IQueryable VS IEnumerable … a must know!!!

There are many numerous articles written upon the same but still I would like to re-iterate in this post the most common stated example to state the difference between the IQueryable and IEnumerable.
Difference:
IEnumerable: The collection implementing the IEnumerable interface is designed in a manner to do in-memory operations, where by the data is loaded altogether in one go to the memory and then filtered within the same.
When the following code is ran in conjunction with ADO.NET entity model the following resultant SQL query is fired to the server as below:

 using (AlphaDbEntities dc  = new AlphaDbEntities())
 {
       IEnumerable<Employee> enumrableList = from e in dc.Employees
                                             select e;

       List<Employee> empList1 = enumrableList.Take(10).ToList();
 }

Resulting TSQL:

SELECT 
[Extent1].[employeeId] AS [employeeId], 
[Extent1].[firstName] AS [firstName], 
[Extent1].[lastName] AS [lastName], 
[Extent1].[designation] AS [designation], 
[Extent1].[contactNumber] AS [contactNumber], 
[Extent1].[dateOfJoining] AS [dateOfJoining], 
[Extent1].[rating] AS [rating]
FROM [dbo].[Employees] AS [Extent1]

IQueryable: The collection implementing the IQueryable interface is designed in a manner to alter the LINQ query to a suitable/optimal query being fired on the external data source to filter out the data on the external data source itself and thus bringing in only the data required after filtration to the process in-memory.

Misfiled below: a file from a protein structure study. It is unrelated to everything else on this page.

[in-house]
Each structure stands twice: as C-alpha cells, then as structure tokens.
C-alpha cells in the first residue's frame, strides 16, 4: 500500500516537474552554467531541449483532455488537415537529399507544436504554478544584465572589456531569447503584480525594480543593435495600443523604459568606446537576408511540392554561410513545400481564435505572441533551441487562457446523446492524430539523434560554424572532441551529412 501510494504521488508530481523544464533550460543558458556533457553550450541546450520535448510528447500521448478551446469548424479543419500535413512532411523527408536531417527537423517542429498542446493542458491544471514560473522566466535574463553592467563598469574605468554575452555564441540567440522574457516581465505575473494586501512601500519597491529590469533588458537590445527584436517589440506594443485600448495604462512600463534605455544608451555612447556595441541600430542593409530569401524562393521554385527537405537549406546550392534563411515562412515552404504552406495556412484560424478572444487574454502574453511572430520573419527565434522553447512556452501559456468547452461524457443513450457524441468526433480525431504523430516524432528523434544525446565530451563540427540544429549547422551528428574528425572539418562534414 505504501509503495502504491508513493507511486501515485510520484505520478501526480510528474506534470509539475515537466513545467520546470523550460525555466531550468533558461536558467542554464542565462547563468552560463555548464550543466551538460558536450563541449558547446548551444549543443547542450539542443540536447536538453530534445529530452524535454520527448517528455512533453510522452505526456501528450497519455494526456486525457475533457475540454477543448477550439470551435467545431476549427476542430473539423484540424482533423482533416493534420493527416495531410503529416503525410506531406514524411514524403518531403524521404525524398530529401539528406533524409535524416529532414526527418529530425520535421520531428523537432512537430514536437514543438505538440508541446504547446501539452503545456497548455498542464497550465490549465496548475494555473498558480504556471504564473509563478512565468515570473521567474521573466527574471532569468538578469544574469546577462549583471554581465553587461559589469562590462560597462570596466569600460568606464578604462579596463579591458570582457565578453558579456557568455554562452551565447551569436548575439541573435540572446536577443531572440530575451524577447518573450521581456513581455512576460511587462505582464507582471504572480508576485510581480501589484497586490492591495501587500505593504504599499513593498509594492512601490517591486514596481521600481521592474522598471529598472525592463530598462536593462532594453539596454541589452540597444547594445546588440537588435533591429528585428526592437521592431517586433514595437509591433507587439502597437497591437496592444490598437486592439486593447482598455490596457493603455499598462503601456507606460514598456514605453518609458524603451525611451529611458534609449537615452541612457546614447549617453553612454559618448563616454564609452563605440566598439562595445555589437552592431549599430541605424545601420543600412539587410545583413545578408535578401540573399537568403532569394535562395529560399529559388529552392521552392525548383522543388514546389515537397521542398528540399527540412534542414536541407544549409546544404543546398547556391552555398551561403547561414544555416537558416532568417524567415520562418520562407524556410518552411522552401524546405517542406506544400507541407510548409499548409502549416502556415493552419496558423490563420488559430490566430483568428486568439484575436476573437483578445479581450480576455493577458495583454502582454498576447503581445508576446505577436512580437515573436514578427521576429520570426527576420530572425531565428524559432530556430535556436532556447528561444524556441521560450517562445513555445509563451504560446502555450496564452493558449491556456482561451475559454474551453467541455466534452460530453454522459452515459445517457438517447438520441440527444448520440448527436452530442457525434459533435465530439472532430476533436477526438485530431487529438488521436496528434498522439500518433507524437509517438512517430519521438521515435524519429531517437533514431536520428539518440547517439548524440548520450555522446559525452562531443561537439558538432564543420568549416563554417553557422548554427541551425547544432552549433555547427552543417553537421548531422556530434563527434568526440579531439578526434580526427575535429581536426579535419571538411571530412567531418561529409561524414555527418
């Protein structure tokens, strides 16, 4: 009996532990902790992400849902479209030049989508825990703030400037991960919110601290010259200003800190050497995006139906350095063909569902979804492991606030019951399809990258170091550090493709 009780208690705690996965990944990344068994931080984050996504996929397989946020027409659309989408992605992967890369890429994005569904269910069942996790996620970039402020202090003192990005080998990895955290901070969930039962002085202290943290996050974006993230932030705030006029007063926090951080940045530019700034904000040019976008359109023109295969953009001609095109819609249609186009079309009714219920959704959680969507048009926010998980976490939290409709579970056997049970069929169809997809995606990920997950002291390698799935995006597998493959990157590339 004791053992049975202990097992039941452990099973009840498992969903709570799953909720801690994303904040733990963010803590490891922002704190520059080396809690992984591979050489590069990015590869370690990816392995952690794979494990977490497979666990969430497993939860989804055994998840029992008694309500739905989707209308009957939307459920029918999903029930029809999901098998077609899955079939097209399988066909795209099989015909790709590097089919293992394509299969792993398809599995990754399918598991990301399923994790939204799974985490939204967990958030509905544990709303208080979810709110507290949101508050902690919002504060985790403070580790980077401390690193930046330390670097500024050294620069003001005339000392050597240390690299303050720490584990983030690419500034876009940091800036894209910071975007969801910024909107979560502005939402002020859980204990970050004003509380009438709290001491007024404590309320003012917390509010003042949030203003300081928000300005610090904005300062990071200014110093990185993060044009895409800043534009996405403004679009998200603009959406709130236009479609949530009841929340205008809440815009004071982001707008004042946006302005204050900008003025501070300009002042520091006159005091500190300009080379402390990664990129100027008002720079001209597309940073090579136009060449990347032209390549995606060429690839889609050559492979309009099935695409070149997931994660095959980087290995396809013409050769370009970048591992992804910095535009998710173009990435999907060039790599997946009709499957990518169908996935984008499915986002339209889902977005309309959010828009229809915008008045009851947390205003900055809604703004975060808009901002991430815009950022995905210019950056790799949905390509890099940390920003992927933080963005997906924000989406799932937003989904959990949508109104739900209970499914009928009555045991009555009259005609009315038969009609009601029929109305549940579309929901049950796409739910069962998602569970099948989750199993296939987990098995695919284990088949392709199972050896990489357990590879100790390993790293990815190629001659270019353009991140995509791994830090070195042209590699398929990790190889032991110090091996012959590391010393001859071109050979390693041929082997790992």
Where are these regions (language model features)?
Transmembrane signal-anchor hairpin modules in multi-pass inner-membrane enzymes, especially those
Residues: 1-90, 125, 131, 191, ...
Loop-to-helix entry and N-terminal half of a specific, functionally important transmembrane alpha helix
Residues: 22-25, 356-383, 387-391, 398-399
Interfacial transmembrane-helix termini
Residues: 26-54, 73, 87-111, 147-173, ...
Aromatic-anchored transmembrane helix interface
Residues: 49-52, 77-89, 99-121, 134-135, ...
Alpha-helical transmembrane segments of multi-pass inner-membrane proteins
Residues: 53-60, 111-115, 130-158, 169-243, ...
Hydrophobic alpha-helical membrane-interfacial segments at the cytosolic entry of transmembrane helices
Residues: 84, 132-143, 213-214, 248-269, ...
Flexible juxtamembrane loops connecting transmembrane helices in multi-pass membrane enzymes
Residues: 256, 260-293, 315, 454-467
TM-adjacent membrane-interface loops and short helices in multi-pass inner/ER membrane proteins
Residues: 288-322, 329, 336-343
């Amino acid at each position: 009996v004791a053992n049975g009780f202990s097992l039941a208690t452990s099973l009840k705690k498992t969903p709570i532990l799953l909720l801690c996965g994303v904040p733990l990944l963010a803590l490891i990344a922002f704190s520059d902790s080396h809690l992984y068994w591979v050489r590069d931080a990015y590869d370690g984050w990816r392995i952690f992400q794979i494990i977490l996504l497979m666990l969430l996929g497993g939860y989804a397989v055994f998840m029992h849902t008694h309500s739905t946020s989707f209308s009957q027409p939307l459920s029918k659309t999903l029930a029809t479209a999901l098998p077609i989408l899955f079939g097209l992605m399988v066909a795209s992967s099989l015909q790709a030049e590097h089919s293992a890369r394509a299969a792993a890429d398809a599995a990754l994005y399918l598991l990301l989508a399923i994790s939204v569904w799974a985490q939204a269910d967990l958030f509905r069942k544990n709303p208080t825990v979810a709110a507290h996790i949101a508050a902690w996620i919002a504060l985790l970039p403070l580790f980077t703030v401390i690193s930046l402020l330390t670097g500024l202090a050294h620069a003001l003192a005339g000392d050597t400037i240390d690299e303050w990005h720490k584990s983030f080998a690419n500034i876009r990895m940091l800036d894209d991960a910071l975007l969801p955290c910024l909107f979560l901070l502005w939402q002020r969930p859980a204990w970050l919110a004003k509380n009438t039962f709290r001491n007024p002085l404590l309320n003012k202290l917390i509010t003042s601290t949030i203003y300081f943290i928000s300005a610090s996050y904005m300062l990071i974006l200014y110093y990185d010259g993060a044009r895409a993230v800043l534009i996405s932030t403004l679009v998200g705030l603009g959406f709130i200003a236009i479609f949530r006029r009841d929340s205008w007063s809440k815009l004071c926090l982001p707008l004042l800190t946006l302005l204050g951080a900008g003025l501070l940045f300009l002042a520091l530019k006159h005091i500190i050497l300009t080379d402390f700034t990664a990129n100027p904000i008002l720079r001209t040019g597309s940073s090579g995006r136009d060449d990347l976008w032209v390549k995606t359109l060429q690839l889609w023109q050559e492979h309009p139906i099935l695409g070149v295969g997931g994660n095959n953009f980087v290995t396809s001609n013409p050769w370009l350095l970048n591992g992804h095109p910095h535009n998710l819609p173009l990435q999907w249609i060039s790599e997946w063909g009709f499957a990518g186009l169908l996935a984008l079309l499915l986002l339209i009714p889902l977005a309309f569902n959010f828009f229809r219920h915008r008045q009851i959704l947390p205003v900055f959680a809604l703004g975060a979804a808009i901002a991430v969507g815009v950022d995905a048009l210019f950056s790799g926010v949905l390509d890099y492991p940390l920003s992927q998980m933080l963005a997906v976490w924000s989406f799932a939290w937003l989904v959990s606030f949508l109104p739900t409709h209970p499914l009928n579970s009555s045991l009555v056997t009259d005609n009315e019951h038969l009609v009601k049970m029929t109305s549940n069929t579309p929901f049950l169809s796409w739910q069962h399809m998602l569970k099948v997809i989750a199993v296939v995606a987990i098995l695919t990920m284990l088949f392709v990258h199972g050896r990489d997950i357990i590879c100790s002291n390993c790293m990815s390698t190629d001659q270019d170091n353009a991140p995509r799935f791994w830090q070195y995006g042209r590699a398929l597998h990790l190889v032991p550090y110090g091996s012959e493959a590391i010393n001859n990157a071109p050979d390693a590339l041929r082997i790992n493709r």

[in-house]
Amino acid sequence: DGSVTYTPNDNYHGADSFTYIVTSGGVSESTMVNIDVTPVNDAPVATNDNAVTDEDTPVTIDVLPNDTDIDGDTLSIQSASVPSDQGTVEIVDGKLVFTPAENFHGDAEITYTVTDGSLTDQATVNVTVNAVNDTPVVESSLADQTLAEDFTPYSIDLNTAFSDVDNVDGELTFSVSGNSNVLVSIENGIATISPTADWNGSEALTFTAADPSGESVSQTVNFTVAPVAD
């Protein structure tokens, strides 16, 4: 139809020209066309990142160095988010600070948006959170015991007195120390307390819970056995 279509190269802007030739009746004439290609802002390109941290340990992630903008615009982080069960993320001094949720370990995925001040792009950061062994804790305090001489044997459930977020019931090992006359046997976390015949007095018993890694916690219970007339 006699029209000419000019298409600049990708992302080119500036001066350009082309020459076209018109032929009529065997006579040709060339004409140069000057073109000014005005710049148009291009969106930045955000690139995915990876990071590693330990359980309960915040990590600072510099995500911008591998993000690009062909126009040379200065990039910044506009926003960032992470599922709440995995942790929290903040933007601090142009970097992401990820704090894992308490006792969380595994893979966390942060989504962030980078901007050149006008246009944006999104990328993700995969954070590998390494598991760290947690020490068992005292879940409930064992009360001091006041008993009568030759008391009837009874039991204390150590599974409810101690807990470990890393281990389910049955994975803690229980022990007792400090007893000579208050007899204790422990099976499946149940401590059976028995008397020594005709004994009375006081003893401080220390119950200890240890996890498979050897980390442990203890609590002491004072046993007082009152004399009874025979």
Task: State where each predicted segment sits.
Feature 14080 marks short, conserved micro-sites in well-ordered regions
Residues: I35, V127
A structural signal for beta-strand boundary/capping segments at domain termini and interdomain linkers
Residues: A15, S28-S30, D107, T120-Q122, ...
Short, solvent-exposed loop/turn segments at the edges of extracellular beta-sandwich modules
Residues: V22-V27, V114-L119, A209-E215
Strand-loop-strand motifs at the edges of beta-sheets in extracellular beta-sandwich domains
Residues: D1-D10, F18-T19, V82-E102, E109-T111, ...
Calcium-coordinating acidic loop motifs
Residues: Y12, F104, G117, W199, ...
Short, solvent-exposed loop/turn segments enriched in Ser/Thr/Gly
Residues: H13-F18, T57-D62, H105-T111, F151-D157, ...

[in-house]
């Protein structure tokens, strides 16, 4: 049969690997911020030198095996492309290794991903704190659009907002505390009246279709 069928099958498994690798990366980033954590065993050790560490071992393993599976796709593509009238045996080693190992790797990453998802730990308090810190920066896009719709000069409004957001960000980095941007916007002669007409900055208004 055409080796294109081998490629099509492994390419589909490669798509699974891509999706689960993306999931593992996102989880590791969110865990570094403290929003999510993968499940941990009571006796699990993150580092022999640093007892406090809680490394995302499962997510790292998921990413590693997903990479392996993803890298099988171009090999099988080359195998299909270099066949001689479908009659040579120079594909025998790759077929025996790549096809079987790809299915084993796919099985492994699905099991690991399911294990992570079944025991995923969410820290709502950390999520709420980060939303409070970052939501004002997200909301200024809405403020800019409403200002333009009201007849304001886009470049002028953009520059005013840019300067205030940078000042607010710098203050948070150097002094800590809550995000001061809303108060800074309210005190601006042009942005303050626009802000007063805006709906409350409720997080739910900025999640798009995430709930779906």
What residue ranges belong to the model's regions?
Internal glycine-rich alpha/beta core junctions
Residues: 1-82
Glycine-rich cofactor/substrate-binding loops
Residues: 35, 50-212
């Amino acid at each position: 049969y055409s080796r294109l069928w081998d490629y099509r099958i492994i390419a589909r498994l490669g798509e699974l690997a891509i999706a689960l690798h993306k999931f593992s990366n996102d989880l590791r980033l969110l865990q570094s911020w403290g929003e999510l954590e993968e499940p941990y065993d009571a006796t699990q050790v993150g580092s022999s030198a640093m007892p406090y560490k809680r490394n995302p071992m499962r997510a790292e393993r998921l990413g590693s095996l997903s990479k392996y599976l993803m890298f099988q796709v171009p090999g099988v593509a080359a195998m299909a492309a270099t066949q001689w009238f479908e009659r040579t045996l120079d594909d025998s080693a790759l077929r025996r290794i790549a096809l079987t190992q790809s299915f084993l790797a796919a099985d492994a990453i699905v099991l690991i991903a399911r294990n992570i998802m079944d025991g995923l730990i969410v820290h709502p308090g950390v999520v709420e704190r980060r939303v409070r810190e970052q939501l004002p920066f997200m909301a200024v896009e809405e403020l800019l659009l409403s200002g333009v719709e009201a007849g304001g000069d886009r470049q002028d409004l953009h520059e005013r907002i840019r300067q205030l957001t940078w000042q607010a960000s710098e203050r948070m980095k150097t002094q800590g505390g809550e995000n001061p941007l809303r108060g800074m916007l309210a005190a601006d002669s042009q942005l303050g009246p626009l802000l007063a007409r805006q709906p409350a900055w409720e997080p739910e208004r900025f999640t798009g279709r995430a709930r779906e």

This methodology is most suitable while working with large data sets and where paging mechanism also need to be implemented, and working with chunks of data would be sufficient for the application, rather than in memory analytics where entire data set is required within the memory for aggregations.
When the following code is ran in conjunction with ADO.NET entity model the following resultant SQL query is fired to the server as below:

 using (AlphaDbEntities dc  = new AlphaDbEntities())
 {
        IQueryable<Employee> queryableList = from e in dc.Employees
                                             select e;

        List<Employee> empList2 = queryableList.Take(10).ToList();
 }

Resulting TSQL:

SELECT TOP (10) 
.[employeeId] AS [employeeId], 
.[firstName] AS [firstName], 
.[lastName] AS [lastName], 
.[designation] AS [designation], 
.[contactNumber] AS [contactNumber], 
.[dateOfJoining] AS [dateOfJoining], 
.[rating] AS [rating]
FROM [dbo].[Employees] AS 

From the above I can conclude that IQueryable being smarter than IEnumerable is altering the query fired to the database and filtering the data on the database itself only (using the TOP 10 operator in TSQL), rather than compared to IEnumerable bringing in the entire set of data back to the application.

References:
http://msdn.microsoft.com/en-IN/library/system.collections.ienumerable.aspx
http://msdn.microsoft.com/en-IN/library/system.linq.iqueryable.aspx

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